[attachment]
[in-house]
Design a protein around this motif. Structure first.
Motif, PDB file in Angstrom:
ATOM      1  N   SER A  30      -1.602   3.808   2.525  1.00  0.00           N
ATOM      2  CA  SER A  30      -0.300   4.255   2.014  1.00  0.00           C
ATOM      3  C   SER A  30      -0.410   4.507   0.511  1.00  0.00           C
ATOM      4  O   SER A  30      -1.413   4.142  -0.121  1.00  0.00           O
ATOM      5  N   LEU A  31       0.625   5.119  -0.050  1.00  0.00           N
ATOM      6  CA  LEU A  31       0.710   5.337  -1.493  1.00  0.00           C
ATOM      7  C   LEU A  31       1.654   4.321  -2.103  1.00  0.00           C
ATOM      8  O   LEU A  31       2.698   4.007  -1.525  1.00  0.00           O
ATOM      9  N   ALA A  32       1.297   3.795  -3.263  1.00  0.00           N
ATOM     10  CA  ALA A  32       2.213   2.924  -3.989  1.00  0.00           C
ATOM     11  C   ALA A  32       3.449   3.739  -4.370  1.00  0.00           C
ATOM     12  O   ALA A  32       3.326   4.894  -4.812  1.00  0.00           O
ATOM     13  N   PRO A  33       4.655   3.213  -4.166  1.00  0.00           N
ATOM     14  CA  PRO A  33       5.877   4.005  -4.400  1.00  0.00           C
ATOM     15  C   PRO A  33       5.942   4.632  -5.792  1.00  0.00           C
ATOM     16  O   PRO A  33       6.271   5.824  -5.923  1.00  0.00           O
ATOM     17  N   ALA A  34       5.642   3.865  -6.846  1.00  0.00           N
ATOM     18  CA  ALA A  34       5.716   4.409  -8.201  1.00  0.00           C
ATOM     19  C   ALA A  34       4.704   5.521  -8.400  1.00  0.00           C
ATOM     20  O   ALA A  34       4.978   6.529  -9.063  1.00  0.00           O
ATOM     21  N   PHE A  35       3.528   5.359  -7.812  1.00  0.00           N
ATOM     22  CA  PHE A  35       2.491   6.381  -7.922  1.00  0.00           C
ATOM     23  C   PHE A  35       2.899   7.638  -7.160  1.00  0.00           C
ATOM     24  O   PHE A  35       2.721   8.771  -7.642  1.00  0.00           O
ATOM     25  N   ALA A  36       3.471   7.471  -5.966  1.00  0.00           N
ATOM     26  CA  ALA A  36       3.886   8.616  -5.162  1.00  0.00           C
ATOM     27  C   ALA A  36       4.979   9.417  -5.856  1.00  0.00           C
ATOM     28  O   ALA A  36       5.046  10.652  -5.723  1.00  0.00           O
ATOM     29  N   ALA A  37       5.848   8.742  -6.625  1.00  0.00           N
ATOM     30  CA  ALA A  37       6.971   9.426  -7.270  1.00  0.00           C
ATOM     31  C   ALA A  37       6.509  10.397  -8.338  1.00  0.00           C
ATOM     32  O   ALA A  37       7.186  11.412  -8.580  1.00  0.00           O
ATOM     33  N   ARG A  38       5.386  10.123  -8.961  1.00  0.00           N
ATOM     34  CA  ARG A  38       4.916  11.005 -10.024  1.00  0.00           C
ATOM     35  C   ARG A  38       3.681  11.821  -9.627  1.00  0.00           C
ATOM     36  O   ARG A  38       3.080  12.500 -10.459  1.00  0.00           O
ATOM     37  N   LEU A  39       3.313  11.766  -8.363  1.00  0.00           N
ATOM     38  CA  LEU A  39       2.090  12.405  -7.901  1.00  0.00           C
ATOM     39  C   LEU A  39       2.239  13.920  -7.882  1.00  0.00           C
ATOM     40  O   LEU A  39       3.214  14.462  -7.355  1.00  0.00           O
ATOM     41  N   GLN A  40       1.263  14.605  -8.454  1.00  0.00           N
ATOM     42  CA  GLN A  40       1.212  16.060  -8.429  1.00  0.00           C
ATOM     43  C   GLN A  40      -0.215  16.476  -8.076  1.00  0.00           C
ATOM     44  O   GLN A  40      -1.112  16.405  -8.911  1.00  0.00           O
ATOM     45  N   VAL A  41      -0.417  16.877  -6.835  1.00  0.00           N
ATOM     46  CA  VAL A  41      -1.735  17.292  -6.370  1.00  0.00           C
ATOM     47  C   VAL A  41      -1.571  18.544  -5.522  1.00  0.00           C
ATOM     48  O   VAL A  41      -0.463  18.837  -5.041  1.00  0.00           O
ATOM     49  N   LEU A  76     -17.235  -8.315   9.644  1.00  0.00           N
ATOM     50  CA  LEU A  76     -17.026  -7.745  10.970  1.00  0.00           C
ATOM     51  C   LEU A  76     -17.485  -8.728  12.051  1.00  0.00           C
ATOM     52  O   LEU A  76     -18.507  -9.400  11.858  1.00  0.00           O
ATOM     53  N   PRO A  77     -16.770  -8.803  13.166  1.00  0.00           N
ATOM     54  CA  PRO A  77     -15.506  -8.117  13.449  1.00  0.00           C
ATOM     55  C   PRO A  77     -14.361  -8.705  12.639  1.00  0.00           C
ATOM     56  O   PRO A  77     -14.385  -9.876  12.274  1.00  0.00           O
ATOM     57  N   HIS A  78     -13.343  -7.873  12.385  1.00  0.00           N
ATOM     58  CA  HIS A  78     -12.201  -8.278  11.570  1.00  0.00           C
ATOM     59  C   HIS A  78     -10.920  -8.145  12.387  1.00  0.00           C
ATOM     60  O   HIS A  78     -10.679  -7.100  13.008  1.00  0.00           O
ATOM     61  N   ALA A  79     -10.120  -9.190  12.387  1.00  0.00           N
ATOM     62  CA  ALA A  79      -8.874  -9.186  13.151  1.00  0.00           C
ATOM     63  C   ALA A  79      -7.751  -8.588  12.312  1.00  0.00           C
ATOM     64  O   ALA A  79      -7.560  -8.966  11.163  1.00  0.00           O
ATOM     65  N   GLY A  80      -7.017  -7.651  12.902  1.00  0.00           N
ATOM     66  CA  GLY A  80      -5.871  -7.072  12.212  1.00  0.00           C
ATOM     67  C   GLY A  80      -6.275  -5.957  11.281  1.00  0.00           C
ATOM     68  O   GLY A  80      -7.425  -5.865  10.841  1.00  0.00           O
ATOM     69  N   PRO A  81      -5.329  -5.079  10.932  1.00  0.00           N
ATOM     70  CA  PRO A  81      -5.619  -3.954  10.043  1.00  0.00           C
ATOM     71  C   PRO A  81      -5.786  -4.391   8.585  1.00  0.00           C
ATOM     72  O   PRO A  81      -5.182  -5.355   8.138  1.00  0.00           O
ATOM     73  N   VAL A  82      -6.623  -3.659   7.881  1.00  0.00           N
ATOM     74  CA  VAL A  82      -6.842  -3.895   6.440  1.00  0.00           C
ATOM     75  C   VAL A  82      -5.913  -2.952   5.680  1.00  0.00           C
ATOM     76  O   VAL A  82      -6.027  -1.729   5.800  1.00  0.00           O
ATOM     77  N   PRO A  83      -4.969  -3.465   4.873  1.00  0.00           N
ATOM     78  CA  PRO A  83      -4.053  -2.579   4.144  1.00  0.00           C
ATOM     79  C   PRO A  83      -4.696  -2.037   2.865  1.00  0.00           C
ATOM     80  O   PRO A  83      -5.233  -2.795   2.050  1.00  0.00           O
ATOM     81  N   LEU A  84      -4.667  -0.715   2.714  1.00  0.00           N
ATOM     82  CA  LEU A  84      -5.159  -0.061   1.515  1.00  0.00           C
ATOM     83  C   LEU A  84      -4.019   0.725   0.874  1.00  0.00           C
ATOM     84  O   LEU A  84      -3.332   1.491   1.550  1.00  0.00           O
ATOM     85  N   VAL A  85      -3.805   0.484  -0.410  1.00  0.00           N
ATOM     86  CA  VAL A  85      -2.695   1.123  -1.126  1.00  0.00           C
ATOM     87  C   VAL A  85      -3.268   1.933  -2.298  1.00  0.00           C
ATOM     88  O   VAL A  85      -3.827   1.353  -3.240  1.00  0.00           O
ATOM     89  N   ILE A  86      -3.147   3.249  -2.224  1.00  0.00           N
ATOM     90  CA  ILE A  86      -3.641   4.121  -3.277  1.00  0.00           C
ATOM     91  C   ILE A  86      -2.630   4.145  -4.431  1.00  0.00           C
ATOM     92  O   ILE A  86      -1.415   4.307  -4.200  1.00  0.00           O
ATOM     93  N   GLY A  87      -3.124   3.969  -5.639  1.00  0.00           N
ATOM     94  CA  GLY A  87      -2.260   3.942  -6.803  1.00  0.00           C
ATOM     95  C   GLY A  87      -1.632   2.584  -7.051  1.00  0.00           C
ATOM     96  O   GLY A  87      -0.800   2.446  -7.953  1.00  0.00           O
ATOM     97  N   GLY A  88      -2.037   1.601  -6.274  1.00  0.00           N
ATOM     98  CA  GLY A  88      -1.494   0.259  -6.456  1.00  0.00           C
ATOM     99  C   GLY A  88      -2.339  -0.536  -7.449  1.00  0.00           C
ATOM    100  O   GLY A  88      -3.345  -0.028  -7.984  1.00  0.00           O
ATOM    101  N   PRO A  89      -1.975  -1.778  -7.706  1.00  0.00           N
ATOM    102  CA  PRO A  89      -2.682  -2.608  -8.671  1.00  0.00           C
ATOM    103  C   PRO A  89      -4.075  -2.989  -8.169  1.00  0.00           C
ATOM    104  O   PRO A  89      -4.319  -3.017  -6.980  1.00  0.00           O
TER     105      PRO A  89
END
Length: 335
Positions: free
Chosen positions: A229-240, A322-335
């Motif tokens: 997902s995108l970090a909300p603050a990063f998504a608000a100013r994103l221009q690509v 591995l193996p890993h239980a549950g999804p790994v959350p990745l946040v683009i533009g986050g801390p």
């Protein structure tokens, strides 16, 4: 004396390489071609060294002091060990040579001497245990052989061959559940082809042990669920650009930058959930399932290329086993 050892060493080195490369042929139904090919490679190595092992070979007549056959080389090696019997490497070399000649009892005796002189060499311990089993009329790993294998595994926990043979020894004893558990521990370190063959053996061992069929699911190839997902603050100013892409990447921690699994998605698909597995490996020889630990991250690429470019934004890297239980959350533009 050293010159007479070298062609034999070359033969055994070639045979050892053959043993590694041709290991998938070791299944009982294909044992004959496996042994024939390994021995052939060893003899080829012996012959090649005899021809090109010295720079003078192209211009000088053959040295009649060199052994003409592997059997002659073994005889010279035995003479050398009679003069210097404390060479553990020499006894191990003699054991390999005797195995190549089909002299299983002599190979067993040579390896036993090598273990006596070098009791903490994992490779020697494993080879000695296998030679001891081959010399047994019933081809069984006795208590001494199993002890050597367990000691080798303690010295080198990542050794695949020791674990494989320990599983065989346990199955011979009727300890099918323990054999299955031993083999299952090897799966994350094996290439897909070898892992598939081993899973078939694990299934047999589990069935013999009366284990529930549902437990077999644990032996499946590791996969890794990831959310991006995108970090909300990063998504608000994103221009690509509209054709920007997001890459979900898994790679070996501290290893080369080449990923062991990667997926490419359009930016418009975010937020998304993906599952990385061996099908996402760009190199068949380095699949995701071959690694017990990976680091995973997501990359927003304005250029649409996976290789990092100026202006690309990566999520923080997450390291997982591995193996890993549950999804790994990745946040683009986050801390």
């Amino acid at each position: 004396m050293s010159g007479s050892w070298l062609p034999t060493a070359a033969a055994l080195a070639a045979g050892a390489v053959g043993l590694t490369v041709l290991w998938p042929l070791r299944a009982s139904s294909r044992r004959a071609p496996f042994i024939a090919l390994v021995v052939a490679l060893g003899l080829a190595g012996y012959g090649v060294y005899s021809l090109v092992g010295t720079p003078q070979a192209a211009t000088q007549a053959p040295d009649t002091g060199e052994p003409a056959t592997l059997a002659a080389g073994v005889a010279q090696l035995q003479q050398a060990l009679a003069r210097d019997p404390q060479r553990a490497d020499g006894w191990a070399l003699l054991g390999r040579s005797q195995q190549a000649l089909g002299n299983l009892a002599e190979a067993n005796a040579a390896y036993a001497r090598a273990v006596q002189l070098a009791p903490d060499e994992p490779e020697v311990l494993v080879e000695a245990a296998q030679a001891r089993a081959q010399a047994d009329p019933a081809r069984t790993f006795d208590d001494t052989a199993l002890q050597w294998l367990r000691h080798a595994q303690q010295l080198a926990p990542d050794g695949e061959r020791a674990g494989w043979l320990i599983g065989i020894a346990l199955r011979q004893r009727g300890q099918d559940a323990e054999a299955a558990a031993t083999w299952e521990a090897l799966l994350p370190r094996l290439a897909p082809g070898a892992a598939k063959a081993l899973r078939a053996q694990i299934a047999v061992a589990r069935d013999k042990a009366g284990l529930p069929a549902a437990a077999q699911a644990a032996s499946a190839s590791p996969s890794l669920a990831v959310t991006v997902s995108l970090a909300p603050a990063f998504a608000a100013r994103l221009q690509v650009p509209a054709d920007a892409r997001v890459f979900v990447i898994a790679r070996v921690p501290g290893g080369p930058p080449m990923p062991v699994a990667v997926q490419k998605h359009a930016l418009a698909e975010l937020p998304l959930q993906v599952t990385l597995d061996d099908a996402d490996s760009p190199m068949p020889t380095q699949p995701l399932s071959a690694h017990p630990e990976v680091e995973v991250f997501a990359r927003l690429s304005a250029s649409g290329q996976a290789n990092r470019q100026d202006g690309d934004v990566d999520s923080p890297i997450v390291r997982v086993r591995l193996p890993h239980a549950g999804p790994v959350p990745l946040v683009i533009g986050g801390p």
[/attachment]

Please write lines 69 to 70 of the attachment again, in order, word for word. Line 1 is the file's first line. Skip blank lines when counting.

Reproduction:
ATOM     66  CA  GLY A  80      -5.871  -7.072  12.212  1.00  0.00           C
ATOM     67  C   GLY A  80      -6.275  -5.957  11.281  1.00  0.00           C